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California campaigners will wait until 2012 to fight gay marriage ban

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Reader comments

  1. They’re probably foolish to wait. If they can get Archbishop Desmond Tutu to speak out in favour of gay marriage equality they will have it in the bag.

  2. Mihangel apYrs 13 Aug 2009, 12:43pm

    in the next three/four years, how many will die, unmarried, un-partnered, leaving their partners to face all the legal issues and challenges?

  3. i woulda struck while the anger was hot, by the time 2012 comes around no gay marriage may have become the norm again, alowing the antis to us the usual status quo arguements. at least now theres still palable anger and a wish to work to change the law at the moment

  4. Stuart Neyton 13 Aug 2009, 1:30pm

    I actually think it’s probably wise to wait a couple of years. In that time proponents of gay marriage will have more time to raise funds in order to fight a strong campaign in 2012.

    I do have two concerns though. The first, already mentioned, is the fate of same-sex couples not yet married but who may not live until then. The second is the fact that it would be at the same time as the presidential election. Obama brought out the young vote, which overwhelmingly voted against proposition 8. If Obama is unpopular by that time then voter turnout among liberals may be lower, which will hurt the campaign for marriage equality.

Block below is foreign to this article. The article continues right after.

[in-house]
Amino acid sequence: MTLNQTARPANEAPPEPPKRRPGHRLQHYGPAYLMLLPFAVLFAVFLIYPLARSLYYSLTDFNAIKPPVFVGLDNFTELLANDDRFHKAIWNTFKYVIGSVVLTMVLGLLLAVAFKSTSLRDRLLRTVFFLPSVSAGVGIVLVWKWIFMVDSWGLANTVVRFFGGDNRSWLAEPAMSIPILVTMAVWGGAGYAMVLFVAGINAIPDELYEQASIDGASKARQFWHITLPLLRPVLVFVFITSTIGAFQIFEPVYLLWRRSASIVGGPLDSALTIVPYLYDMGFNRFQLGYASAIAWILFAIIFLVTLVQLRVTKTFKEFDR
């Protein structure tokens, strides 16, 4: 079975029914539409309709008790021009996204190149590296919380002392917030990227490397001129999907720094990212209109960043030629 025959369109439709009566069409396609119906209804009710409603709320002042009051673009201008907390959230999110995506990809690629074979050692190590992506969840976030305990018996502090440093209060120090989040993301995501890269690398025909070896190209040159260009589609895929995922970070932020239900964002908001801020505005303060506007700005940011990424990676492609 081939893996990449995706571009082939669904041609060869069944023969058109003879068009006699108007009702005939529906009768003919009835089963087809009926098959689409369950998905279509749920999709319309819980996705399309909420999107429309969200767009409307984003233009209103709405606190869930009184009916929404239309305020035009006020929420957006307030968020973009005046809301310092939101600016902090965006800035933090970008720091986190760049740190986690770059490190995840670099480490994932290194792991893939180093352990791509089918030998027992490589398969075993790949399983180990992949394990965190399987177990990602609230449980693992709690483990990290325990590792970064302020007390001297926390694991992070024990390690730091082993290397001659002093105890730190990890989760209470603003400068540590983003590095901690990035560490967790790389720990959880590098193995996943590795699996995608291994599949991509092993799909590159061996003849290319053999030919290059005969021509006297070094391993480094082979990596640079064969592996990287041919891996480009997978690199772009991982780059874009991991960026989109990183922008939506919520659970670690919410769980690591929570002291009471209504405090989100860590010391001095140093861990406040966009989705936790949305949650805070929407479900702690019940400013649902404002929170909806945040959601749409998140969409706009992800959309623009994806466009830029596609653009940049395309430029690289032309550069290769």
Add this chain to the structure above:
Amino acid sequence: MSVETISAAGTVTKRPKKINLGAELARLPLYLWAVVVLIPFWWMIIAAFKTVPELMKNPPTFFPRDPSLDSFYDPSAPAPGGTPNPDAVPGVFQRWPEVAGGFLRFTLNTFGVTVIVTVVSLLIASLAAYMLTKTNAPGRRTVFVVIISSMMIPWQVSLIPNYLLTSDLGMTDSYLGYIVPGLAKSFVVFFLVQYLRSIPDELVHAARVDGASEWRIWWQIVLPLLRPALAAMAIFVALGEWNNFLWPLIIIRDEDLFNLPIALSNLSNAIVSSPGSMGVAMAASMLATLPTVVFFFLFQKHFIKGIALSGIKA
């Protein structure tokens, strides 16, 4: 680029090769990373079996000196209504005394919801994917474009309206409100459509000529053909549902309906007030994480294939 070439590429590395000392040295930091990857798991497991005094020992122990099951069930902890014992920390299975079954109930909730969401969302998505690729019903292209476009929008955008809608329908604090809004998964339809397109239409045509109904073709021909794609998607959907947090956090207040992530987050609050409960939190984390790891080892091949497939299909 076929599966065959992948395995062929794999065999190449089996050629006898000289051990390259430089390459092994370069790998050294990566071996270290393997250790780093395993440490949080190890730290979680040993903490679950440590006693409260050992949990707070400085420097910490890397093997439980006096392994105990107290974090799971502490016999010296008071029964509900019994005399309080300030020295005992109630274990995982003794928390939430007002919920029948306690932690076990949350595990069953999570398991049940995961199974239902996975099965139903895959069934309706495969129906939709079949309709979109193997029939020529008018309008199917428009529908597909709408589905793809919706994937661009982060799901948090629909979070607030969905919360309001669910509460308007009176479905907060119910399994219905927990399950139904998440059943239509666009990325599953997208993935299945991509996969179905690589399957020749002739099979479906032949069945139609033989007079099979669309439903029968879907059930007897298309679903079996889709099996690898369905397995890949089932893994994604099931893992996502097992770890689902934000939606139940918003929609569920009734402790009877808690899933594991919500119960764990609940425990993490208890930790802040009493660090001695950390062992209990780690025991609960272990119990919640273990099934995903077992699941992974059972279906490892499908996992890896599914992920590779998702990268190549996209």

I know the vote was close last year but I think it may well fail again if put straight back to the voters.

  5. Equality California (EQCA) was responsible for the totally disastrous campaign last year. The article is unbalanced and therefore misleading because it gives more space to the views of EQCA than the many groups which are asking for (and in some cases voted for) a 2010 ballot.

  6. Pumpkin Pie 13 Aug 2009, 3:00pm

    How utterly shameful that the American government is continuing to insist that civil rights should be voted on. What on earth was going through the minds of those cowardly judges? The whole thing’s a complete travesty. I’d demand that Obama speak out against such hogwash, but I can barely finish that sentence without laughing.

  7. Brian Burton 13 Aug 2009, 4:14pm

    California dreaming?….Yup!..California still a-dremin Guys ‘n Gals!

  8. Robert, ex-pat Brit 13 Aug 2009, 5:46pm

    This is a dangerous strategy EQCA to delay which spells “failure”. In 2012, Obama may not be the president for a second term only to be replaced with a republican who will see to it that no marriage equality is legal in California or elsewhere and definitely NO repeal of the “Defense of Marriage Act” (DOMA). The time for pressure is now, day after day, holding elected officials collective feet to the fire, having ongoing dialog with minorities and religious cults, otherwise, they can kiss LGBT votes goodbye, votes that they currently take for granted and that deliver nothing.

    Dave, having Desmond Tutu speak out would be a delicious recipe to pit the more progressive Episcopalian branch of the Anglican cult against the Rowan Williams band of homophobic hypocrites and bigots, including himself. I hope we see it happen.

  9. Bishop Ioan 14 Aug 2009, 1:27am

    Pumpkin Pie, you are right on the money about people being allowed to vote on civil rights–no one should ever be able to do that. As for Obama, many LGBT have had it with Obama and his “fierce ugency of whenever”.

    I think Equality California should have struck whilst the iron was hot–waiting til 2012 will probably result in another loss for marriage equality. I am so glad I married in Canada instead of waiting for yahoos to finally decide that I really DO have the right to marry.

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